I'm going to walk through how you can set this up using CommandBox to automate the process. If that's not your speed, you can head over to this example GitHub repo to see what I'm talking about.

The first thing you'll need is a CommandBox module called FW/1 Commands, built by none other than Tony Junkes. Within the CommandBox shell, we'll install it by running:

install fw1-commands

With this installed, we can quickly scaffold a FW/1 app:

fw1 create app name="coldbox_module_test" skeleton="Skeleton" --installFW1

This command sets up a basic FW/1 application for us in the current directory. The next step is to add the modules.

Installing Hyper

To kick off the module-adding process, we'll install Hyper:

install hyper

This instructs CommandBox to download the Hyper module from ForgeBox and install it in the /modules directory in our project. Because this is a FW/1 app, there is no /modules directory, but that's not a problem; CommandBox creates it automatically.

Configuring Hyper

The first thing we'll need to do in order to configure Hyper is to add a mapping for it to our Application.cfc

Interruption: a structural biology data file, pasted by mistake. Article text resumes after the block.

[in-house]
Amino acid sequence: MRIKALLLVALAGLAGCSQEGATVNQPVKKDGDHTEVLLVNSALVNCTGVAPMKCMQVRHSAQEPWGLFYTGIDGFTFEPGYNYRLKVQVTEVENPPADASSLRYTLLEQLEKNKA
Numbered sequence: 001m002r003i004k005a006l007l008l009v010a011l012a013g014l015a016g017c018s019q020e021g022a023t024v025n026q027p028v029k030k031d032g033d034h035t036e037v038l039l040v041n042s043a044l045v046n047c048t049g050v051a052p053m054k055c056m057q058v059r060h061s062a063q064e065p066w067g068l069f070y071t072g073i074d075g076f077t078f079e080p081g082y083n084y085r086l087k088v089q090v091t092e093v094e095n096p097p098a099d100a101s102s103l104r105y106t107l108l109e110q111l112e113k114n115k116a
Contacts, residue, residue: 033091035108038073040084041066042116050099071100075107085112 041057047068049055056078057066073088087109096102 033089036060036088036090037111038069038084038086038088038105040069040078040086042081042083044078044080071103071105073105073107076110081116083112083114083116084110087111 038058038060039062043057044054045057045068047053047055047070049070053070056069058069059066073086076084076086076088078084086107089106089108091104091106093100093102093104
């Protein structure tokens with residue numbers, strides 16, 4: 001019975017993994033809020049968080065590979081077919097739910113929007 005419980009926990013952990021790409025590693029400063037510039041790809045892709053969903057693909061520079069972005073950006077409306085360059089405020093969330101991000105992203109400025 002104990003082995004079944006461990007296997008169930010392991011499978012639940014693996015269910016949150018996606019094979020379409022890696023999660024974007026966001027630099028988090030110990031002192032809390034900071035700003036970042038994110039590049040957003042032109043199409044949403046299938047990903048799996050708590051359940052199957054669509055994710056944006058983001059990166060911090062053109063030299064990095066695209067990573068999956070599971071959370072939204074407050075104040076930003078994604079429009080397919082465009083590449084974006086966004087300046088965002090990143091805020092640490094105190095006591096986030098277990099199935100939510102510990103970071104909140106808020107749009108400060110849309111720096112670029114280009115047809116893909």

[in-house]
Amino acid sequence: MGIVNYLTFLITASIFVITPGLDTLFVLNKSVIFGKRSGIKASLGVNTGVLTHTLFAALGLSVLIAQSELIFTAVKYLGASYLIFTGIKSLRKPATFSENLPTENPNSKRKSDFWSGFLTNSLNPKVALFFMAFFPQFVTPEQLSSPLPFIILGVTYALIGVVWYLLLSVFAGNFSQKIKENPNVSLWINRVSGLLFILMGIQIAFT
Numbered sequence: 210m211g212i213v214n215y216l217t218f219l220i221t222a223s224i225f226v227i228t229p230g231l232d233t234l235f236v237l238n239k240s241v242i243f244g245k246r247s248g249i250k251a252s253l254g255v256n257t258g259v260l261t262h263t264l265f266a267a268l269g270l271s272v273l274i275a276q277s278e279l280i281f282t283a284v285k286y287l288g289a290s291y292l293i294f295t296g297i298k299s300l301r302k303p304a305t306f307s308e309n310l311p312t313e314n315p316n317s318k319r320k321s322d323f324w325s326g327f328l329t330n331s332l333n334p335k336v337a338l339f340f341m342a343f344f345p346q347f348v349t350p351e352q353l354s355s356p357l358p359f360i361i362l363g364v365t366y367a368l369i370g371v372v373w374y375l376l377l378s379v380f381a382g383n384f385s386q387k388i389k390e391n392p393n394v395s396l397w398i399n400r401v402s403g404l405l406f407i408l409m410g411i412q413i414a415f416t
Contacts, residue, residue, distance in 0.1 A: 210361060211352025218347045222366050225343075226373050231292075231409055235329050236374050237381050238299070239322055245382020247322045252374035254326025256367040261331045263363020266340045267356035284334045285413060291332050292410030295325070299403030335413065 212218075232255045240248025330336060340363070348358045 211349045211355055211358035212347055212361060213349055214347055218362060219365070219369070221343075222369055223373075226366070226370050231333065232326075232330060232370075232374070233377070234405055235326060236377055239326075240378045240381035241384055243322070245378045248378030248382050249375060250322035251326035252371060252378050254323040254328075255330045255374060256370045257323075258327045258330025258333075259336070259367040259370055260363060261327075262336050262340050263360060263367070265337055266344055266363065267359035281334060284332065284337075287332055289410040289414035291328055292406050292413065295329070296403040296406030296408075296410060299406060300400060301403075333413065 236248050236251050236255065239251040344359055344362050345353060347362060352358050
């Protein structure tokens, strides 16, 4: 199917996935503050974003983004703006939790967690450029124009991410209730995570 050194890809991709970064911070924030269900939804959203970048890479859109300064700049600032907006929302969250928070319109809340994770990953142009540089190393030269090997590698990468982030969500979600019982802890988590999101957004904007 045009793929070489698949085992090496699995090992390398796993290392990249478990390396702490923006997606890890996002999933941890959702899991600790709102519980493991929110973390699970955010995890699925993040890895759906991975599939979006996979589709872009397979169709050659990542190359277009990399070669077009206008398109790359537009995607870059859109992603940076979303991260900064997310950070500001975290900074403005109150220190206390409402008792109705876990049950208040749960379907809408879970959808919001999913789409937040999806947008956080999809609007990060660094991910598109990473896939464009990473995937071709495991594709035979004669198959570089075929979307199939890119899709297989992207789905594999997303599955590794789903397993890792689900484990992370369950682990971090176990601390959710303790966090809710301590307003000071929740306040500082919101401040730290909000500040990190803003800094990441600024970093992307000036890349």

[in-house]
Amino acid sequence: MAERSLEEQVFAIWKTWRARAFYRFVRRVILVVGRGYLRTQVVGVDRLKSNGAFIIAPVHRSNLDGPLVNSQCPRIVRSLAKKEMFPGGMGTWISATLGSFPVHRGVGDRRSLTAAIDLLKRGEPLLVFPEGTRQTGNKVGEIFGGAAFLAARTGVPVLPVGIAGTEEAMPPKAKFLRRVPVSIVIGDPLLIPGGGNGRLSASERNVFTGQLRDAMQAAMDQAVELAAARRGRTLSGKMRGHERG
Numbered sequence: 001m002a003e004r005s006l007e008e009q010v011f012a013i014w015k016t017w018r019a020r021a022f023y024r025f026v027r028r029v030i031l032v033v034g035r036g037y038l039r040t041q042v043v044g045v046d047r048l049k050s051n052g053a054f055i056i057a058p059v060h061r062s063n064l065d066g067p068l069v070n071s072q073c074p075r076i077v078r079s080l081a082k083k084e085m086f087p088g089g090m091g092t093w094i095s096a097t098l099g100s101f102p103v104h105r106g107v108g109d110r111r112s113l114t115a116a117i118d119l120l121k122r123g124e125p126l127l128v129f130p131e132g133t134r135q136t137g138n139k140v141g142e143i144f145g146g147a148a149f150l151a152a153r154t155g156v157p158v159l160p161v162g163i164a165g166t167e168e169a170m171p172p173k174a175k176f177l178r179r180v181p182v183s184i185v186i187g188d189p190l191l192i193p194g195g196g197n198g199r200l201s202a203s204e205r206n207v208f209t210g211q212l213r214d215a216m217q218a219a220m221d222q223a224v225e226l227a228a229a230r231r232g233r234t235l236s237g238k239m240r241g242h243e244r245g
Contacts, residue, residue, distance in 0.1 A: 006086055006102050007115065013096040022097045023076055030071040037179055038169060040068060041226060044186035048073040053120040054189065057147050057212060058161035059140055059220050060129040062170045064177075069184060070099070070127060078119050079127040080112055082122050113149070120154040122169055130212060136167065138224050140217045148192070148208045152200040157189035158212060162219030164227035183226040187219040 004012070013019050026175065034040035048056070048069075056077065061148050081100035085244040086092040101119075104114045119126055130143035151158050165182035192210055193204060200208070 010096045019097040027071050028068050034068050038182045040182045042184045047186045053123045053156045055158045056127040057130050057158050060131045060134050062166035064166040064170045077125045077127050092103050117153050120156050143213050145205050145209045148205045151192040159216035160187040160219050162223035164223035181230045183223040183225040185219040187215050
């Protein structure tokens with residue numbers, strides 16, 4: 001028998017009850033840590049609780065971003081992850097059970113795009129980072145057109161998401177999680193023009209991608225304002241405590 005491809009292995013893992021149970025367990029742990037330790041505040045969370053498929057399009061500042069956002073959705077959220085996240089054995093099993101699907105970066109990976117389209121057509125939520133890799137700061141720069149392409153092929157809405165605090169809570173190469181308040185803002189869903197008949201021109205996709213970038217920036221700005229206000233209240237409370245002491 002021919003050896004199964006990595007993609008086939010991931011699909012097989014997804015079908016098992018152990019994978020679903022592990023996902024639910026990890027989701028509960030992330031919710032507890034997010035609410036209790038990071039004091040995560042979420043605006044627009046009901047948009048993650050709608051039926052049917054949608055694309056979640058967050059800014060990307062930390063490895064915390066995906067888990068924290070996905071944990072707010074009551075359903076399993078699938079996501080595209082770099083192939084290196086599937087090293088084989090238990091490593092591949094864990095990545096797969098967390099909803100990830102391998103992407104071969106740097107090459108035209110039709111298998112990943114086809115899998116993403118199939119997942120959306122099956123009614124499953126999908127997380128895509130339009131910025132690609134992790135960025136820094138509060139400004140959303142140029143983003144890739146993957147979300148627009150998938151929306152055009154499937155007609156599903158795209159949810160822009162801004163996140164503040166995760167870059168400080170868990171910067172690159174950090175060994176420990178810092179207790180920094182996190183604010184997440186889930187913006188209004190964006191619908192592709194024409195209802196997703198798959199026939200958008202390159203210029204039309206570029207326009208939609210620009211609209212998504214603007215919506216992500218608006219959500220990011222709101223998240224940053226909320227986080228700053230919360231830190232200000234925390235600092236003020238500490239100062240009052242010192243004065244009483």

this.mappings = {
"/hyper": expandPath("./modules/hyper")

This is done automatically when the module is installed in a ColdBox app, but it's not too much work to set up manually here.

Hyper is an HTTP request builder, so we'll need an example endpoint to request. For this walk-though, I'll use The Star Wars API, because it's used in the Hyper documentation.

We'll configure Hyper's defaults for our Star Wars API HTTP requests[5] using a DI/1 load listener. While load listener configuration can be done inline, we'll set up a CFC to encapsulate the configuration and avoid cluttering our Application.cfc; we'll be using the same load listener to configure all modules that we add to the application.

First, we'll create the file:

touch model/LoadListener.cfc

Then we'll wire it into our framework configuration, in Application.cfc:

variables.framework = {diConfig: {loadListener: "LoadListener"}};

And finally here's what we'll put in the LoadListener.cfc file:

component {
function onLoad(beanFactory) {

.asValue(new hyper.models.HyperBuilder(baseUrl = "", timeout = 20))

// other modules will be configured here